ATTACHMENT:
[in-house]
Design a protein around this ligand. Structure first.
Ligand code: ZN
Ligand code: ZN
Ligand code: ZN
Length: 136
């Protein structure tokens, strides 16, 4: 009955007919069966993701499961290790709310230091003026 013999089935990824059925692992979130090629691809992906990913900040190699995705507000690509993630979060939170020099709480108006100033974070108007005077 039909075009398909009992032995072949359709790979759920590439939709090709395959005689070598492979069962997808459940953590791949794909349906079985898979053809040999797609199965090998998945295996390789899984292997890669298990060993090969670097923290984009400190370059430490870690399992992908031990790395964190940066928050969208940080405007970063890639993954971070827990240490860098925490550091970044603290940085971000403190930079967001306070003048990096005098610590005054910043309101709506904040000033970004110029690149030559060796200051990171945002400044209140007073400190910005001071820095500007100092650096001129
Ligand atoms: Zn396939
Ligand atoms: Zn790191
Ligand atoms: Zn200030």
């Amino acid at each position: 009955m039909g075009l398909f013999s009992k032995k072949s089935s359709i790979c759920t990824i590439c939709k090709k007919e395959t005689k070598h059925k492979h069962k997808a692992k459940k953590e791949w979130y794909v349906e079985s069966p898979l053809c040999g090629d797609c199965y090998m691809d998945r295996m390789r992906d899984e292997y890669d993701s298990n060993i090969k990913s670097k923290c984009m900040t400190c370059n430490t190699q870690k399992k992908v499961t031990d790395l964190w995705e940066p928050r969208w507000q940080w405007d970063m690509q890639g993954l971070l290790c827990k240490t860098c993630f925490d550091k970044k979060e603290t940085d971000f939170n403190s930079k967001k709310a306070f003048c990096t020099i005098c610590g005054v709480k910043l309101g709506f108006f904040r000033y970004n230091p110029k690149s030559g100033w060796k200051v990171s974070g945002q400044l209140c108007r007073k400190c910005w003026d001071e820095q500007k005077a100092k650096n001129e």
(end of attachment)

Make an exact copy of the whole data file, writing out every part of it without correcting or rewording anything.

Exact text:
[in-house]
Design a protein around this ligand. Structure first.
Ligand code: ZN
Ligand code: ZN
Ligand code: ZN
Length: 136
């Protein structure tokens, strides 16, 4: 009955007919069966993701499961290790709310230091003026 013999089935990824059925692992979130090629691809992906990913900040190699995705507000690509993630979060939170020099709480108006100033974070108007005077 039909075009398909009992032995072949359709790979759920590439939709090709395959005689070598492979069962997808459940953590791949794909349906079985898979053809040999797609199965090998998945295996390789899984292997890669298990060993090969670097923290984009400190370059430490870690399992992908031990790395964190940066928050969208940080405007970063890639993954971070827990240490860098925490550091970044603290940085971000403190930079967001306070003048990096005098610590005054910043309101709506904040000033970004110029690149030559060796200051990171945002400044209140007073400190910005001071820095500007100092650096001129
Ligand atoms: Zn396939
Ligand atoms: Zn790191
Ligand atoms: Zn200030």
């Amino acid at each position: 009955m039909g075009l398909f013999s009992k032995k072949s089935s359709i790979c759920t990824i590439c939709k090709k007919e395959t005689k070598h059925k492979h069962k997808a692992k459940k953590e791949w979130y794909v349906e079985s069966p898979l053809c040999g090629d797609c199965y090998m691809d998945r295996m390789r992906d899984e292997y890669d993701s298990n060993i090969k990913s670097k923290c984009m900040t400190c370059n430490t190699q870690k399992k992908v499961t031990d790395l964190w995705e940066p928050r969208w507000q940080w405007d970063m690509q890639g993954l971070l290790c827990k240490t860098c993630f925490d550091k970044k979060e603290t940085d971000f939170n403190s930079k967001k709310a306070f003048c990096t020099i005098c610590g005054v709480k910043l309101g709506f108006f904040r000033y970004n230091p110029k690149s030559g100033w060796k200051v990171s974070g945002q400044l209140c108007r007073k400190c910005w003026d001071e820095q500007k005077a100092k650096n001129e």